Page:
The broad outlines of Project Ara have already been announced and had plenty of doubt cast on them. It’s an attempt to encourage hardware manufacturers to build modules that will slot into a metal "endoskeleton," which serves as the basic core of a phone. The camera, screen, and any other feature that you’d traditionally associate with a smartphone would exist only as a modular tile — even the processor and the power jack would be removable.
But first, you should know that Project Ara is not, technically, a phone. It’s not even that accurate to call it a project. It’s more like a mission. The end goal for ATAP is to hand off a viable product and stewardship of a hardware ecosystem to Google — Eremenko and his small team aren’t just building a series of proof-of-concept prototypes; they’re attempting to build an industry within an industry.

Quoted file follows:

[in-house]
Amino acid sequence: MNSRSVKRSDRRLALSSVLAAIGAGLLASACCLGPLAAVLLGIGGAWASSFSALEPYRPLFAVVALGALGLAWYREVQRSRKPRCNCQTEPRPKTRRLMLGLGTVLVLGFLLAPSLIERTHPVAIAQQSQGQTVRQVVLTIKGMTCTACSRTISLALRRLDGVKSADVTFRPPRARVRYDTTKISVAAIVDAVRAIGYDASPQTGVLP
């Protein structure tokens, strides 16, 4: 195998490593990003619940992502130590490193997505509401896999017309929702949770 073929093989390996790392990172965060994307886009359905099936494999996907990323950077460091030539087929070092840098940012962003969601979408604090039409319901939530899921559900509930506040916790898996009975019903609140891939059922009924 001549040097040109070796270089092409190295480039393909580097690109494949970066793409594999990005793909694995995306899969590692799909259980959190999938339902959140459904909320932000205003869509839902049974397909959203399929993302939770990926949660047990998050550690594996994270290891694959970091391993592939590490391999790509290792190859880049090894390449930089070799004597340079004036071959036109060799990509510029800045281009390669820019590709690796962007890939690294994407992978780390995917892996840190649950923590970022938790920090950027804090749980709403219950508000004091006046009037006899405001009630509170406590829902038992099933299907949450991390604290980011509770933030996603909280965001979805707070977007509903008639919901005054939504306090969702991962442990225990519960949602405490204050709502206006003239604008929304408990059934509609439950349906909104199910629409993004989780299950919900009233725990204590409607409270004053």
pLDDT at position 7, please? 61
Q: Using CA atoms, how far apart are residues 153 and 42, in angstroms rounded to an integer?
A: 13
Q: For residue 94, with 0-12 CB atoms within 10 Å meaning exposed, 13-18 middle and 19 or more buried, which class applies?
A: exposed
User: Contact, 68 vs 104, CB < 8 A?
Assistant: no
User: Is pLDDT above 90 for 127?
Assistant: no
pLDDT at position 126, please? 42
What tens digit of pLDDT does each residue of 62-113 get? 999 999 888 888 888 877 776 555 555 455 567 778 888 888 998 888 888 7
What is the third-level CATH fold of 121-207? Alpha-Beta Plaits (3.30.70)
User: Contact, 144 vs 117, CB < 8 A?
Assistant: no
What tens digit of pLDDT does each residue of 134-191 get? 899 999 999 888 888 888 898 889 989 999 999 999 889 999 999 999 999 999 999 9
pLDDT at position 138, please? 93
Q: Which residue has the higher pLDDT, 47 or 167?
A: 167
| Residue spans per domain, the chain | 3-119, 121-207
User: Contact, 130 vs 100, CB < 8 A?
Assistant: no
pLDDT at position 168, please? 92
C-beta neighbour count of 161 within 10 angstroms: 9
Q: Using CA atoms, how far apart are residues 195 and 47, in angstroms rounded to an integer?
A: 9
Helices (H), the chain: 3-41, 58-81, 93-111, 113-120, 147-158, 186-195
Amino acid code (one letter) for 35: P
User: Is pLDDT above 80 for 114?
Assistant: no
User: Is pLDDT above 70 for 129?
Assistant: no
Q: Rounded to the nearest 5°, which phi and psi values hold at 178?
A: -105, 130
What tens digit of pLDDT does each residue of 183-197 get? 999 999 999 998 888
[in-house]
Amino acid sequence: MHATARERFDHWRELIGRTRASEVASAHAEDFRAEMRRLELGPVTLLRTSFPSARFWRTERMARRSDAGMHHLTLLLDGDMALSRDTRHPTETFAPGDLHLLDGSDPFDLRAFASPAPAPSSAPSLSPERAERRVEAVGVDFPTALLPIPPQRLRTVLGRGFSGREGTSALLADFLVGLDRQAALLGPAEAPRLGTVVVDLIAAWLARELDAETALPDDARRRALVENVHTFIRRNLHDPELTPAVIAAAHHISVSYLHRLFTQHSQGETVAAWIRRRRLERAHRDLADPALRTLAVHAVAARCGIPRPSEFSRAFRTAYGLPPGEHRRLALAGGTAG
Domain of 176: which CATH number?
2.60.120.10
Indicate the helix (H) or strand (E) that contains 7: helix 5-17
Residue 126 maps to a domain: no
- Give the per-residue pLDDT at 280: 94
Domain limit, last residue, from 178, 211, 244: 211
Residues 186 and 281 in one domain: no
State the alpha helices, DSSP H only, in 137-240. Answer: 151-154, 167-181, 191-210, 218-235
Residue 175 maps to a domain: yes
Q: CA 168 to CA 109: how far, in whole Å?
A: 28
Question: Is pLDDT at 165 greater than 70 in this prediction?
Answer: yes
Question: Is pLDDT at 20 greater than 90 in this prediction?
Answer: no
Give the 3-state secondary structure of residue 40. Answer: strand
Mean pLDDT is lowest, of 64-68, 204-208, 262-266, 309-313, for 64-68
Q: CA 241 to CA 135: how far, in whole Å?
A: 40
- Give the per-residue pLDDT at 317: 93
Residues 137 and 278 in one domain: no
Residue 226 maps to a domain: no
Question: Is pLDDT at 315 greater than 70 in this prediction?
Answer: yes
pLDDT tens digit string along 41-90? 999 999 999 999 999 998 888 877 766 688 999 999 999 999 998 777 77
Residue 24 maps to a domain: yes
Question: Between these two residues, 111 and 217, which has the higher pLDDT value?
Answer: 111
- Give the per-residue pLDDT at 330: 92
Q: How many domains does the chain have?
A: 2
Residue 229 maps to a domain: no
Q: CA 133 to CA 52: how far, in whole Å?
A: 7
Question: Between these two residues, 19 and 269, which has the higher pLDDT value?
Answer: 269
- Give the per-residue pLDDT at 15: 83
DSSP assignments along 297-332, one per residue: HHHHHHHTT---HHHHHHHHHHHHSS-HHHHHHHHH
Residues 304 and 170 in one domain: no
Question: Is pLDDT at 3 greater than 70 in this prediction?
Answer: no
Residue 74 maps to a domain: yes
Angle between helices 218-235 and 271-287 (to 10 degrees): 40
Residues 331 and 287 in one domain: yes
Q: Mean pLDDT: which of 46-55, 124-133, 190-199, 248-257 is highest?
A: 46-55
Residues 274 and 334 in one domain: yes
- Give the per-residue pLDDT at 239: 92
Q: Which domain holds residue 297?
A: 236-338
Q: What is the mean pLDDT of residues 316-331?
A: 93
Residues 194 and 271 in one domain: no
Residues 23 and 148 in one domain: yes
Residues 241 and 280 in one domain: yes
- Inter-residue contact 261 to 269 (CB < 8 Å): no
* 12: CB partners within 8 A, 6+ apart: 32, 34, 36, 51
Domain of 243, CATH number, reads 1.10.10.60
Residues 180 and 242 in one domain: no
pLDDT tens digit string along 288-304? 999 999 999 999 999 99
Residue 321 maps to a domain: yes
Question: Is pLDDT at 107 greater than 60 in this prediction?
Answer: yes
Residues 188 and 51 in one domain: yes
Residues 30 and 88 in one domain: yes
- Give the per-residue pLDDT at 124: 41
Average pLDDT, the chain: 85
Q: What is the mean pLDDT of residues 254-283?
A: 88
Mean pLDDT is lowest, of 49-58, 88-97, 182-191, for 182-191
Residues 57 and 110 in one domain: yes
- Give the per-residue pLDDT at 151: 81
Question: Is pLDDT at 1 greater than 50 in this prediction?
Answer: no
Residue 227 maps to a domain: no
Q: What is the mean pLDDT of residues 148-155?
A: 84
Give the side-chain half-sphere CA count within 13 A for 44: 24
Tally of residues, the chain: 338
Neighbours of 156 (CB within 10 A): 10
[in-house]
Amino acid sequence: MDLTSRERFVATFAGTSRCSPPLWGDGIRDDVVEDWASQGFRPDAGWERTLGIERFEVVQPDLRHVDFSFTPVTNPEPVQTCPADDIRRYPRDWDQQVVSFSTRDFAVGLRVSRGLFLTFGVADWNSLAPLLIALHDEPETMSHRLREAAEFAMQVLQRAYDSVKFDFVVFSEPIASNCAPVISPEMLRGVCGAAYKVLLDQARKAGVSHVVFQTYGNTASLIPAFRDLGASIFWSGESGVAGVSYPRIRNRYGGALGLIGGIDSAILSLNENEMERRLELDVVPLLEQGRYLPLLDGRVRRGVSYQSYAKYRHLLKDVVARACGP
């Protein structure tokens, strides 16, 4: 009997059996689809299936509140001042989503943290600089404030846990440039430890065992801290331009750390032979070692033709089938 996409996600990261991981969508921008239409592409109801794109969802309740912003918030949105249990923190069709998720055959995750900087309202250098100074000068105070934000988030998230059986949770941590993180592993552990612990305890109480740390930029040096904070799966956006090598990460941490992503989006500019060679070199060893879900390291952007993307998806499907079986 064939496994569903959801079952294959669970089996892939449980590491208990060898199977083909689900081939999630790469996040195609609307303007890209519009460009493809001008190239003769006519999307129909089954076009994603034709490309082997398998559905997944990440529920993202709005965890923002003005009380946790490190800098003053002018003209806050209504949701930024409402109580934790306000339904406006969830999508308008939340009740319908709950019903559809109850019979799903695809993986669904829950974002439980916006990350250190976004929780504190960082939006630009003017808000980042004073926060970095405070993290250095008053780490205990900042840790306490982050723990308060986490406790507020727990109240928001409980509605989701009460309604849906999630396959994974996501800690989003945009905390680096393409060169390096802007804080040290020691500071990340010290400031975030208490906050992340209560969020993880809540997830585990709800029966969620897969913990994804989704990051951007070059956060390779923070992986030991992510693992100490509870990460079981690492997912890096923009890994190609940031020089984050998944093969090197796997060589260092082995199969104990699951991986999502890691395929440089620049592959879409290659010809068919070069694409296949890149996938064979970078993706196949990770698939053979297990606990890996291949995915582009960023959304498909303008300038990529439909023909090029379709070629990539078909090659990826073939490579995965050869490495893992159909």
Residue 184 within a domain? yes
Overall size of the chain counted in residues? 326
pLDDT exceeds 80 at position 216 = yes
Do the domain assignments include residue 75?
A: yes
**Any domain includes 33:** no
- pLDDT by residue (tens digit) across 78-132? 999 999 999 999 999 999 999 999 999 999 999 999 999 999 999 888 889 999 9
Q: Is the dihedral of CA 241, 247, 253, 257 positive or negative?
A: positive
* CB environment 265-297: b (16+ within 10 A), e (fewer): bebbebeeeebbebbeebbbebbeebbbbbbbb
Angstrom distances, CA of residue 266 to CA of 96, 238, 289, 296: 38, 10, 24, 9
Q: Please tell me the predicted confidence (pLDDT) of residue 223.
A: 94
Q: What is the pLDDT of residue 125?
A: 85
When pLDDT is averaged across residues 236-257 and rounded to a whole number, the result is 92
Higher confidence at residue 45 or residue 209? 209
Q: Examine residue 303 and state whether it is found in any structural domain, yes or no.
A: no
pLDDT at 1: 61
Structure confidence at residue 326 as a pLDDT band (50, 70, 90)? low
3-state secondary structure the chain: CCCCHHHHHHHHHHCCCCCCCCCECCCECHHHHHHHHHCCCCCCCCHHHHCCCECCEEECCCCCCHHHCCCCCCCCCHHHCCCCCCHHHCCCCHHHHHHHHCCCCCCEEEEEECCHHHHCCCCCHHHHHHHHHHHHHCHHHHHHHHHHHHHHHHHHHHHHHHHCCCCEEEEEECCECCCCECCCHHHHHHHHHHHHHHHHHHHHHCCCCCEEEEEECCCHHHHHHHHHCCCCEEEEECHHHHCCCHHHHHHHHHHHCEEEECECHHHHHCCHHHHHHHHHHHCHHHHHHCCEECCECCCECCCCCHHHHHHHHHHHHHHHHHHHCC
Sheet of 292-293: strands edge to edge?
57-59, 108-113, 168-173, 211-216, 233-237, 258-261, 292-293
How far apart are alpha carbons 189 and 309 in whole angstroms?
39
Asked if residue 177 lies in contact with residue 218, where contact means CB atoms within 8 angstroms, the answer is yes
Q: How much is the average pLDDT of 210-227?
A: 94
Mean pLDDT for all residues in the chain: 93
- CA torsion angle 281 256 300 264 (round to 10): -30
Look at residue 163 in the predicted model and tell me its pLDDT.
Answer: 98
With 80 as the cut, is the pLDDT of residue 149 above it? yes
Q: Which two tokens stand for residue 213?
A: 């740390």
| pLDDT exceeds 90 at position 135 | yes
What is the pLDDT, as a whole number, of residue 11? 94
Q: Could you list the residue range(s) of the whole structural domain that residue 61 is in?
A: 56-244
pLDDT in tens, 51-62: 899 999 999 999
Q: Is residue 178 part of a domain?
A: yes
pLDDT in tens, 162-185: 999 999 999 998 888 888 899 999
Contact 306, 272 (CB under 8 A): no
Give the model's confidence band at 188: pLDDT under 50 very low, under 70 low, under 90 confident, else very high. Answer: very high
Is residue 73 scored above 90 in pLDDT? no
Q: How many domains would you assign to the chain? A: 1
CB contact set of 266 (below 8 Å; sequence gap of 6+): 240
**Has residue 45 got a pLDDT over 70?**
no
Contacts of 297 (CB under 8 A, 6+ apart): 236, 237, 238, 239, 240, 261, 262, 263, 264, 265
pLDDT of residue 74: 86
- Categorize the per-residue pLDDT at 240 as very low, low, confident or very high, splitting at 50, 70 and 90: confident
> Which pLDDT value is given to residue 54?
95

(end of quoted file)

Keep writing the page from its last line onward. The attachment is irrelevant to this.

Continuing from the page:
One of the goals is to “democratize the hardware ecosystem, break it wide open, basically disintermediate the OEMs,” Eremenko says, “so that component developers can now have privy with the consumer.”
Chipotle burrito phones! Project Ara is a potential hardware platform for Google products and services.